Consumer Issues

September 26, 2008

Expired or Not?

Filed under: consumers — Tomi @ 1:50 pm
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Expired or Not?


With the recent increases in gas prices, and the mortgage slum, a lot of consumers are implementing different methods to cut gas expenses by limiting driving time as well as experimenting with others ways of cutting their living expenses.  For example, more and more family shoppers are going into the store with a list for items needed in the homes in a bid to cram all shopping need into one visit. Instead of daily or weekly shopping trips, many are choosing to stock up for a few days, for some it’s weeks and for some it’s months as a means to save on gas costs.  Also many are going in to discount warehouses for the first time, some clipping coupons to get more items per trip while cutting reducing the costs.


The efforts of the consumer are however frustrated by the manufacturers who it seems is unsympathetic with their offerings of confusing listings of expiring days on items available for purchase. Going from one aisle to the other in a regular grocery store, you’ll be amazed at the differences on the listed expiring dates on the items.  There is – use by, best by, best before, sell by, buy by, use or freeze by, enjoy by and then there is the one that has different days for different localities like the sell in NY by and in NJ by which you see mostly on milk.


A basic analysis of the different prints:


Use by: this is the most plain and easily understandable of all it tells you exactly when to use the item and after the listed date, you discard the unused portions.


Best before: I’ve often wondered if this means the item is still good after the date stipulated or if and if it’s only at it’s best before then.  I often thrown it out by the date but then sometimes I wonder if I could be saving more if I use it after the dates since I’d actually finished a box of cookies once afterwards noticing that the expiring date was 2 months prior to my consumption date. I’ve also bought bread once that got moldy two days before the listed date.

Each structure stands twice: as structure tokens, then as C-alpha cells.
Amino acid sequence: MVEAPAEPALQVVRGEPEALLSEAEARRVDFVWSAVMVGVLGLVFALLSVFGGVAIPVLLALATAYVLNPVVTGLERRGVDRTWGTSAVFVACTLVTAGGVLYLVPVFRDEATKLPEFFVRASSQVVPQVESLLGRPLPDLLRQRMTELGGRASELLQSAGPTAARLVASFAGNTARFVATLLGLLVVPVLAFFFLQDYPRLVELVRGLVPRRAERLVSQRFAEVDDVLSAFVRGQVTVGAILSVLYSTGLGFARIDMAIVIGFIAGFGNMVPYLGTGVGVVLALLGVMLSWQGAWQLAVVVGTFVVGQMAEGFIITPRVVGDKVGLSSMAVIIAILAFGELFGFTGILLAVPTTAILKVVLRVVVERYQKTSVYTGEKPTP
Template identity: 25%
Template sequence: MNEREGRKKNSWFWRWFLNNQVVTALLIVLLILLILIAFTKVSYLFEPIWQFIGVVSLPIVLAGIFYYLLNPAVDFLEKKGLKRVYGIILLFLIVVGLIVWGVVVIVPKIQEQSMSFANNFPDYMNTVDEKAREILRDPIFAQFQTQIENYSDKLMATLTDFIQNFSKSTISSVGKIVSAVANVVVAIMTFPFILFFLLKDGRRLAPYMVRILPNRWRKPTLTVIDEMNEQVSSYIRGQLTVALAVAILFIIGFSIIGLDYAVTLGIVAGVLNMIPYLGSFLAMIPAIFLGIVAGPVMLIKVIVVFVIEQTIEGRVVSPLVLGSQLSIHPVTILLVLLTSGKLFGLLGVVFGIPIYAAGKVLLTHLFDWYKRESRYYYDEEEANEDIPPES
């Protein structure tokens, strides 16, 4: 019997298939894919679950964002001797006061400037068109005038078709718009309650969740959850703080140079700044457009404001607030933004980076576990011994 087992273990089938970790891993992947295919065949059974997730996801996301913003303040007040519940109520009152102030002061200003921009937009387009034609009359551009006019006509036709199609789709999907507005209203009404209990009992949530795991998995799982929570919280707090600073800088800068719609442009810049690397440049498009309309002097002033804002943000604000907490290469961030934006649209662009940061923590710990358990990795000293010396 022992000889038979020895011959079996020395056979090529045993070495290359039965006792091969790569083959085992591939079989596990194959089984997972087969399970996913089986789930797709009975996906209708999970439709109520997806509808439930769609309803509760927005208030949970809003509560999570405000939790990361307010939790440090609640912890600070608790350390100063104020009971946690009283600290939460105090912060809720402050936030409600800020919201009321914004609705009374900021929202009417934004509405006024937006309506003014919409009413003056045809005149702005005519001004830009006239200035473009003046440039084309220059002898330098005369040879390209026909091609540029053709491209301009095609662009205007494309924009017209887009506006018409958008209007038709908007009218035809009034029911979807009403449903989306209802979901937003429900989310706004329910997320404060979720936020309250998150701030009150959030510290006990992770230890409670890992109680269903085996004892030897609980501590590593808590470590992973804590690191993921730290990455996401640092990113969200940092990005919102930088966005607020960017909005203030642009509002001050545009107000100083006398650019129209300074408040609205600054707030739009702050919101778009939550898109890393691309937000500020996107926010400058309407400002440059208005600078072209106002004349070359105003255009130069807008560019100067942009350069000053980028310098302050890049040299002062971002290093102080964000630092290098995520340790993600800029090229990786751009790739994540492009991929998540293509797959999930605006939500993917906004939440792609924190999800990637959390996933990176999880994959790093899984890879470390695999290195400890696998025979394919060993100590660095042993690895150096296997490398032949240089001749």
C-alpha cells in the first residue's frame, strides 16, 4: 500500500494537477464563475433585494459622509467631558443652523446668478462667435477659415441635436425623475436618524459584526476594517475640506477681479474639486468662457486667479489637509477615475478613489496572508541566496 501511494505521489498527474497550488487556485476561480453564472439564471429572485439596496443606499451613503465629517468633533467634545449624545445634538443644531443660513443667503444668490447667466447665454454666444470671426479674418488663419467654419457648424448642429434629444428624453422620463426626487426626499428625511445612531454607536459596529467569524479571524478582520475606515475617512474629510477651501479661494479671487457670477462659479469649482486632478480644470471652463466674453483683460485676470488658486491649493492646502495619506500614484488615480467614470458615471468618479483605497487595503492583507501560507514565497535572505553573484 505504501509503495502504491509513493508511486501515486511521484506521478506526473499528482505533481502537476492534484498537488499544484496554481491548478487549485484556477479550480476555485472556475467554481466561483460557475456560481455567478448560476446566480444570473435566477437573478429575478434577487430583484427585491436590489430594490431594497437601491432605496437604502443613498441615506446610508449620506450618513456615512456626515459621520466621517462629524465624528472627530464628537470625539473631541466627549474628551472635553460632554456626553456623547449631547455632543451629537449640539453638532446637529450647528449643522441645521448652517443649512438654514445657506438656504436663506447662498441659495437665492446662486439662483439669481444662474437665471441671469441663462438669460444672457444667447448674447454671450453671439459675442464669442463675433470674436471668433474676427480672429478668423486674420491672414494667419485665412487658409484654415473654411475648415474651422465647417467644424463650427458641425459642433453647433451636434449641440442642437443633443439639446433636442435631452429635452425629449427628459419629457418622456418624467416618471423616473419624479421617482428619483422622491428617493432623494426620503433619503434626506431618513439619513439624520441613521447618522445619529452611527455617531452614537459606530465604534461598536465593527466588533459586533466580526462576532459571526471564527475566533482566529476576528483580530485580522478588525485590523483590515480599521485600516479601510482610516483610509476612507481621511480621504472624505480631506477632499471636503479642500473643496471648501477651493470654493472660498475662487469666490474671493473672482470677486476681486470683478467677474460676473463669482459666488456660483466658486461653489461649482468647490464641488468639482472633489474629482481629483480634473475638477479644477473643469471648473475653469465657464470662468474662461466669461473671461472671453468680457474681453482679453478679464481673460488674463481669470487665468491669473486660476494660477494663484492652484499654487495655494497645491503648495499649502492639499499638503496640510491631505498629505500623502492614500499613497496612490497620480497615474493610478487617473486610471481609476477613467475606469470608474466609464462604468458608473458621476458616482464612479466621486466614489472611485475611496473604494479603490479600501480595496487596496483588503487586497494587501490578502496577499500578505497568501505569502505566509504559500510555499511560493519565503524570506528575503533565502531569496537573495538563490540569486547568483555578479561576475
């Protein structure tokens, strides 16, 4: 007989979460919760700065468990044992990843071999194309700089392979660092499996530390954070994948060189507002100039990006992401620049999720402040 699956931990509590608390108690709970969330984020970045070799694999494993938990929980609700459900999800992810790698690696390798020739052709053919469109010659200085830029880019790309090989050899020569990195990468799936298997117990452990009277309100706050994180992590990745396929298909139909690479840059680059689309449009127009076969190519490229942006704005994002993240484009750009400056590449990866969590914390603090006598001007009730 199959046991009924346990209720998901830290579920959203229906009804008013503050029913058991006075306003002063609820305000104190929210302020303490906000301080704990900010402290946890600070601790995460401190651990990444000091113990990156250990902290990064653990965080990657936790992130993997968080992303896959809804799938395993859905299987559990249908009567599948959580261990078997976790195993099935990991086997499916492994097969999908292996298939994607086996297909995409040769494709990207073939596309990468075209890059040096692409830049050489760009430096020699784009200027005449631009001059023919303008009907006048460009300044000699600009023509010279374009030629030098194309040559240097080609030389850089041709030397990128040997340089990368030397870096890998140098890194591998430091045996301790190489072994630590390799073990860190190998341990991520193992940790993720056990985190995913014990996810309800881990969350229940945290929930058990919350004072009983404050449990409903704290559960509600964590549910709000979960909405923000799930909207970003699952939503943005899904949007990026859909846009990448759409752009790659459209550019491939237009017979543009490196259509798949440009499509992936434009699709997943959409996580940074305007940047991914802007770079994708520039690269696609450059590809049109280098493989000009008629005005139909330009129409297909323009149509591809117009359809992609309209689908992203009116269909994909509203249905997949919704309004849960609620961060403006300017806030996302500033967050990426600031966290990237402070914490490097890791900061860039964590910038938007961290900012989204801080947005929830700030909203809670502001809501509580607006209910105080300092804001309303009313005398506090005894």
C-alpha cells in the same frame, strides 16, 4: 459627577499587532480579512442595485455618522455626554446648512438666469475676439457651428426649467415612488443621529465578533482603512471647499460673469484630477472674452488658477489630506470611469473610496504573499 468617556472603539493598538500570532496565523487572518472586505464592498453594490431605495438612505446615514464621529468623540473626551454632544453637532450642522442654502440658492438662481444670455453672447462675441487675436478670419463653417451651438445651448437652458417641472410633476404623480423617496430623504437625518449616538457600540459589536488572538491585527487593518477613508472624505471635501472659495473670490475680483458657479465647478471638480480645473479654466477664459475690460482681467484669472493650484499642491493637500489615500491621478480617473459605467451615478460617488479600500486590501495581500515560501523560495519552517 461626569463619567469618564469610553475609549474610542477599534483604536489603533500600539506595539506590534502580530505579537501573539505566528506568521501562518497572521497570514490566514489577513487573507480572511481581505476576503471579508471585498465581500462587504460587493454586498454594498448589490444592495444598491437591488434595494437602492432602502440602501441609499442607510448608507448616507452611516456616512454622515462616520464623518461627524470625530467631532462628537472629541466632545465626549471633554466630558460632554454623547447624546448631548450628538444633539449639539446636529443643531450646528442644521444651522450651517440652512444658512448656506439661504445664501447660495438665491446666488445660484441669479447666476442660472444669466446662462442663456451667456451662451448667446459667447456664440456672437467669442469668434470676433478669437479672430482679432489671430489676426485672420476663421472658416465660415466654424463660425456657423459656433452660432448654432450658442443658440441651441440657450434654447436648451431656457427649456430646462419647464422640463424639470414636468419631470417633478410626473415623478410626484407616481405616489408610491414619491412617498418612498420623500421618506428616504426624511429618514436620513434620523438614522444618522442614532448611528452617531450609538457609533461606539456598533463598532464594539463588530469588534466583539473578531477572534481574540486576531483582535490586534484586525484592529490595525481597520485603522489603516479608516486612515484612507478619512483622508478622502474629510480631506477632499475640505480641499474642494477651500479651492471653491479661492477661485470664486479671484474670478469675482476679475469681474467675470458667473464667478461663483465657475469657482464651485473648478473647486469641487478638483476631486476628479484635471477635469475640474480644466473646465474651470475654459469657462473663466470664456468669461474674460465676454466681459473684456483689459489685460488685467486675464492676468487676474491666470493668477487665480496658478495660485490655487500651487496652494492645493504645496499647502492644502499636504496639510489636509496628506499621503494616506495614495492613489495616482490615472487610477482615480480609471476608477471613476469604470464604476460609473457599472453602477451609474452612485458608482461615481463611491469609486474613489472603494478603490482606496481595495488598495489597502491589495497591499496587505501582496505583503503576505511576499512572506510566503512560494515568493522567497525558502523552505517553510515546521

Sell by: This you find more on meat. Obviously the listed date is for the retailer but if I as the consumer buys the item on the exact same date listed and then change my mind for my recipe and I don’t use it that day but plan on using it the day after, would it still be ok?


Use or freeze by: this is as confusing as it can be. If I don’t use by but buy it and decide to freeze it would it still be okay to use if in 6 months or let’s say it gets tossed into the bottom of the freezer and I don’t get to see it until the next year. Would it still be okay to use it?


Finally, the use in NY by and in NJ where usually, the date in NY is an earlier date than the NJ date This begs the question why is there an earlier date. Obviously, certain laws limit the shelf life of these items in NY but the same law doesn’t apply in NJ.  It does makes one wonder if the people of NJ are being used as guinea pigs for an experiment. Why don’t we just have the same date for everyone???


True these manufacturers have laws governing their conduct but where exactly does that leave the common man.  The retailers offer on sale some items a few days before the printed expiring date and some don’t even notice that some items on their shelves are past the said expiring date.  As a rule I try to go for the item that is farthest from the expiring date but using online grocery delivery service, I get items within a day of it’s expiring date and the time I’m trying to save by not going into the store in the first place is wasted because I would have to go into the store to exchange it eventually.   Wouldn’t it be fair if the FDA mandated the use of same statement of expiring by all manufacturers? It would certainly help a lot of shoppers coordinate their shopping if only they understood when exactly the useful life of the item expires. Thus there would be no confusion and shoppers would really be able to save time and who knows it might be a major step in saving the environment from that dangerous Carbon Monoxide exhaust culprint that’s contributing to  GLOBAL WARMING.

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